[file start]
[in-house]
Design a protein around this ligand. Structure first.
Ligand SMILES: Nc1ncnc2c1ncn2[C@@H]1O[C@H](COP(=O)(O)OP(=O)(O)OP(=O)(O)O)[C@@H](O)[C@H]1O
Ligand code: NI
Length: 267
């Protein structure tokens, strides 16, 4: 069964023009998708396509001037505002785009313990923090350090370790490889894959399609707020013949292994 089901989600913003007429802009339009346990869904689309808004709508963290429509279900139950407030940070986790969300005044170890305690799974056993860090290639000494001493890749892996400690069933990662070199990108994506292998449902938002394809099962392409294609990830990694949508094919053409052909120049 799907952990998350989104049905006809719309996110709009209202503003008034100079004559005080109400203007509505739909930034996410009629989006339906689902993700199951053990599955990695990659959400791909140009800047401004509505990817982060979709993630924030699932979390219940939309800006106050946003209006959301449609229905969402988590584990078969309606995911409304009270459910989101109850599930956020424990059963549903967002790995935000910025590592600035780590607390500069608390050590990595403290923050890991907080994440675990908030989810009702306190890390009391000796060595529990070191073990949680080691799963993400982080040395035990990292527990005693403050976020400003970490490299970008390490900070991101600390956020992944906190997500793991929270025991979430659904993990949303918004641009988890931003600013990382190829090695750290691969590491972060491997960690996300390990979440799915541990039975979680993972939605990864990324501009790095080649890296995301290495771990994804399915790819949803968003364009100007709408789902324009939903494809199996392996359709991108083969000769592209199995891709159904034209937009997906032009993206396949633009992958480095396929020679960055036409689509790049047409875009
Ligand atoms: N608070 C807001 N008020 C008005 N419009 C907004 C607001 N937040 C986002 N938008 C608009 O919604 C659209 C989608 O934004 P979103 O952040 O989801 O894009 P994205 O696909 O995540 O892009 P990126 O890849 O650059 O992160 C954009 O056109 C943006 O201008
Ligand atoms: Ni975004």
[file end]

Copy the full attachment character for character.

[in-house]
Design a protein around this ligand. Structure first.
Ligand SMILES: Nc1ncnc2c1ncn2[C@@H]1O[C@H](COP(=O)(O)OP(=O)(O)OP(=O)(O)O)[C@@H](O)[C@H]1O
Ligand code: NI
Length: 267
């Protein structure tokens, strides 16, 4: 069964023009998708396509001037505002785009313990923090350090370790490889894959399609707020013949292994 089901989600913003007429802009339009346990869904689309808004709508963290429509279900139950407030940070986790969300005044170890305690799974056993860090290639000494001493890749892996400690069933990662070199990108994506292998449902938002394809099962392409294609990830990694949508094919053409052909120049 799907952990998350989104049905006809719309996110709009209202503003008034100079004559005080109400203007509505739909930034996410009629989006339906689902993700199951053990599955990695990659959400791909140009800047401004509505990817982060979709993630924030699932979390219940939309800006106050946003209006959301449609229905969402988590584990078969309606995911409304009270459910989101109850599930956020424990059963549903967002790995935000910025590592600035780590607390500069608390050590990595403290923050890991907080994440675990908030989810009702306190890390009391000796060595529990070191073990949680080691799963993400982080040395035990990292527990005693403050976020400003970490490299970008390490900070991101600390956020992944906190997500793991929270025991979430659904993990949303918004641009988890931003600013990382190829090695750290691969590491972060491997960690996300390990979440799915541990039975979680993972939605990864990324501009790095080649890296995301290495771990994804399915790819949803968003364009100007709408789902324009939903494809199996392996359709991108083969000769592209199995891709159904034209937009997906032009993206396949633009992958480095396929020679960055036409689509790049047409875009
Ligand atoms: N608070 C807001 N008020 C008005 N419009 C907004 C607001 N937040 C986002 N938008 C608009 O919604 C659209 C989608 O934004 P979103 O952040 O989801 O894009 P994205 O696909 O995540 O892009 P990126 O890849 O650059 O992160 C954009 O056109 C943006 O201008
Ligand atoms: Ni975004």